Top Gear’s Top 9: Volvo’s brilliant moments of madness
The rubbish 850 Estate BTCC racer
Still one of the most incongruous-looking racing cars of all time, the use of an enormous family wagon for Britain’s premier paint-swapping repmobile racing series wasn’t without science. “The aerodynamics of the estate were slightly better than the sedan,” says Rickard Rydell, one of the drivers who helmed the Tom Walkinshaw Racing-prepped 850 in the 1994 season.
“When I signed up for Volvo and TWR around Christmas 1993, I didn’t know about the estate plans. If I’d known, I would probably have hesitated. It was lucky I didn’t know!”
Volvo admitted its chief aim with submitting an estate rather than the sedan version was publicity, as the big-booted wagon had a higher centre of gravity and more weight behind the rear axle than the sedan, making it less suitable for duties as a racer. And so the 850 proved to be a pretty rubbish contender, stumbling home 14th in the championship.
But we’re still talking about it a quarter of a century later, so who’s the real winner?
The impossibly rare P1900
You’ll have heard of the gorgeous P1800 coupe, but did you know it spawned a roofless roadster? Probably not, because only 68 units of the P1900 were ever built, between 1956 and 1957.
Apparently Volvo’s boss was inspired to commission the run when he visited the United States and observed the then-new Chevrolet Corvette, perhaps forgetting he hailed from a country where snow lay thick across the landscape for a good chunk of the year, and heated seats hadn’t been invented yet.
Why such a short production run? When Volvo had a change of leadership in 1957, the glacial demand for the P1900 and its below-par build quality incensed the incoming Volvo president, and he canned the model for good.
The flatnose 480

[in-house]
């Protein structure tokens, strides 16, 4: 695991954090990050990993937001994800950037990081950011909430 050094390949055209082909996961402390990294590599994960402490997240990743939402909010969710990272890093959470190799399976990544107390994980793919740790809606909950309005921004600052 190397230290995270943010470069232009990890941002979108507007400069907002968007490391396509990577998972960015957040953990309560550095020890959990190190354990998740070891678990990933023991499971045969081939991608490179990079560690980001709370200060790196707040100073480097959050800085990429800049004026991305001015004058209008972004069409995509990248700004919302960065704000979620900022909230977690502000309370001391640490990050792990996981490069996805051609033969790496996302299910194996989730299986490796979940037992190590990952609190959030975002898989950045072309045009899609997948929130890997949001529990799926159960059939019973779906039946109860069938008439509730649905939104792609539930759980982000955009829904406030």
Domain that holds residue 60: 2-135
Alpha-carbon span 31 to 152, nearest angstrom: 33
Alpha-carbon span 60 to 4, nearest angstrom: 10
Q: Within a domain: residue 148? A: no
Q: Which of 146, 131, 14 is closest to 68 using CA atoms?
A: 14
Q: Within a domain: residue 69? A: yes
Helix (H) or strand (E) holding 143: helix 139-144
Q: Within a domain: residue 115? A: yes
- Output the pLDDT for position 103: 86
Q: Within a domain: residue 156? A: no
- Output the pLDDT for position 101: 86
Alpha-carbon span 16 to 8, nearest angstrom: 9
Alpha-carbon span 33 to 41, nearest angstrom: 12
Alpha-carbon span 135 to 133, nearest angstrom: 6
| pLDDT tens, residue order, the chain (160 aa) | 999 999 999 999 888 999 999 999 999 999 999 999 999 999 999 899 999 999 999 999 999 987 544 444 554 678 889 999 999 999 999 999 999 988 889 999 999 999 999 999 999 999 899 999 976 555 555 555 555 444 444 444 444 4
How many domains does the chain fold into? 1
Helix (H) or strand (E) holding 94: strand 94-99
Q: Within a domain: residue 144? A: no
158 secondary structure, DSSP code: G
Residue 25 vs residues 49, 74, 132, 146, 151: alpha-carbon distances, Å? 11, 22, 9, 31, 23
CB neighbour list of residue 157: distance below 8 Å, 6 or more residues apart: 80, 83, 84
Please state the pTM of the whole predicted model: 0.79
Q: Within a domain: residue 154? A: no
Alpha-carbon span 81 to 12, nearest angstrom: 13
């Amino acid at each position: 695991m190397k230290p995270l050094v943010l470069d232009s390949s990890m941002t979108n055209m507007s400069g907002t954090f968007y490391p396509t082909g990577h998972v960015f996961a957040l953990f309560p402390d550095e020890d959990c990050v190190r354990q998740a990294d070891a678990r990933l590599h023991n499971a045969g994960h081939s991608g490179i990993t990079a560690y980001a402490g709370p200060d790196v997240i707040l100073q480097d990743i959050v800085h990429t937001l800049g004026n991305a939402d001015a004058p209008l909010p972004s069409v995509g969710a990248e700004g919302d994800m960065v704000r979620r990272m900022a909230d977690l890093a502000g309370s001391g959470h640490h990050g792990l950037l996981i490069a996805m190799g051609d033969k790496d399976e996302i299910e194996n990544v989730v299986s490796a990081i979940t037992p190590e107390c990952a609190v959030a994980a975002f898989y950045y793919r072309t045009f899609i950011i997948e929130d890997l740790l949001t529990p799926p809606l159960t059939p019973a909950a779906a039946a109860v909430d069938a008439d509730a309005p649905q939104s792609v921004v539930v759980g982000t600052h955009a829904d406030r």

Yep, Volvo’s had a go at a sporty hatchback before. Back in the Eighties, there was the 480. And the 480 tanked, despite having the coolest feature of all time: pop-up headlights.
The first front-wheel drive Volvo ever was a mish-mash, featuring Lotus-developed handling and Renault engines, but its true purpose was to storm the US market and get the average age of a Volvo buyer below 108.
Sadly, the exchange rate meant it would’ve been more profitable for Volvo to just sink the boat halfway across the Atlantic, and the 480 soldiered on in Europe alone until the mid-1990s.
The ballistic Noble M600
In fact, Volvo’s given away its V8 more than once to enterprising up-and-coming outfits. One of them was a British sportscar maker in Leicester, who borrowed the Yamaha-developed 4.4-litre engine from the XC90, strapped on a couple of huge Garrett turbos, and put the resulting 670hp fury into a 350km/h missile called the Noble M600. Not many Volvo engines can have gone faster than this.
The retro Caresto V8 Speedster concept
Guess who’s back? Yes it’s our old friend Leif Tufvesson, who once again brought a bit of hygge to SEMA in 2007 with the ethanol-burning, Volvo V8-powered Caresto Speedster. To capitalise on all the juicy publicity, Volvo let Leif tune up a C70 drop-top to his own liking, with power rising from 223hp to 282hp under a bespoke carbonfibre engine cover.
The weird C30 hatchback